Okay, now as you read this, open up another browser window and go to YouTube. Type in “Lori Cotler” and play the first thing that comes up. Whatever it is doesn’t matter. She can sing faster than a lot of drummers can play, and that’s why you should know who she is… and can learn a lot more by visitind her homepage at http://www.loricotler.com

Lori Cotler’s rhythmic abilities with her voice are extraordinary. She sings the classic language of rhythm explored by South Indian drummers called “Konnakol.” There’s a website dedicated to it called http://www.konnakol.org that’s also a good place to visit. She should inspire all drummers to develop and explore their own use of syllables to improve their drumming speed and conception.

Over the years, I developed this sort of rhythmic syllable vocabulary, much like scat singing in jazz. Doing so helped me increase my speed considerably (along with practicing the rudiments like para-diddles, double para0diddles, and six-stroke rolls). Finding the right syllables means playing around with a lot of nonsense-sounding combinations, but whatever you come up will help strengthen the connection between your mind and your body.

Konnakol mimics the sound of classic Indian hand drums, and I like singing the sounds of the drums and cymbals for the same reason. This lets me hear, conceive and explore them much more precisely. When you hear those exact sounds in your mind, you can sit and practice drums in your head for hours. I sing this stuff while I’m driving through the hell of Los Angeles traffic to help pass the time, and then when I get behind the drum set, my brain has already been cranking for quite some time…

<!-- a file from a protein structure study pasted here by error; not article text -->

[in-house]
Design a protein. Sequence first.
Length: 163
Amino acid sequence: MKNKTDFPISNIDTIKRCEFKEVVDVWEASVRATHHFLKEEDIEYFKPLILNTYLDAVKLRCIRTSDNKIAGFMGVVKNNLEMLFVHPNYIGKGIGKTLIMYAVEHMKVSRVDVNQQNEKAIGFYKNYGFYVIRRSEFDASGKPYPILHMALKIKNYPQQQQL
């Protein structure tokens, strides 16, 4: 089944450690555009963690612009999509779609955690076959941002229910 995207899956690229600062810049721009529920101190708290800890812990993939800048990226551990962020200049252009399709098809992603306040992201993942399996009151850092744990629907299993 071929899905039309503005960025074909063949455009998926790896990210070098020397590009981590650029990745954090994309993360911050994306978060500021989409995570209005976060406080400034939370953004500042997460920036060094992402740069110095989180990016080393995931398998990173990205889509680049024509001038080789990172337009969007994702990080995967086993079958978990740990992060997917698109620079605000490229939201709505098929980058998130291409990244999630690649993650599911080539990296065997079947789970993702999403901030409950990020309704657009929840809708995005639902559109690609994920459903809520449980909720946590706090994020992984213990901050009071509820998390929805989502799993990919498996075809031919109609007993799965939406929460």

Now quite frankly, if anyone ever heard me singing this nonsense, it would likely be straight-jacket time. Such are the cultural constraints of my Western music upbringing. Regardless, I’m telling you, this stuff WORKS. Try it with the fastest thing you can play and see what happens. It works just as well for slow drumming as well, because it helps you focus and improve the strength of the commands you are sending to your body.

So, getting back to Lori Cotler… listen to the speed and precision of her executions. Whatever syllables you come up with, strive to take things to her level. You’ll be spiraling up into the stratosphere if you do.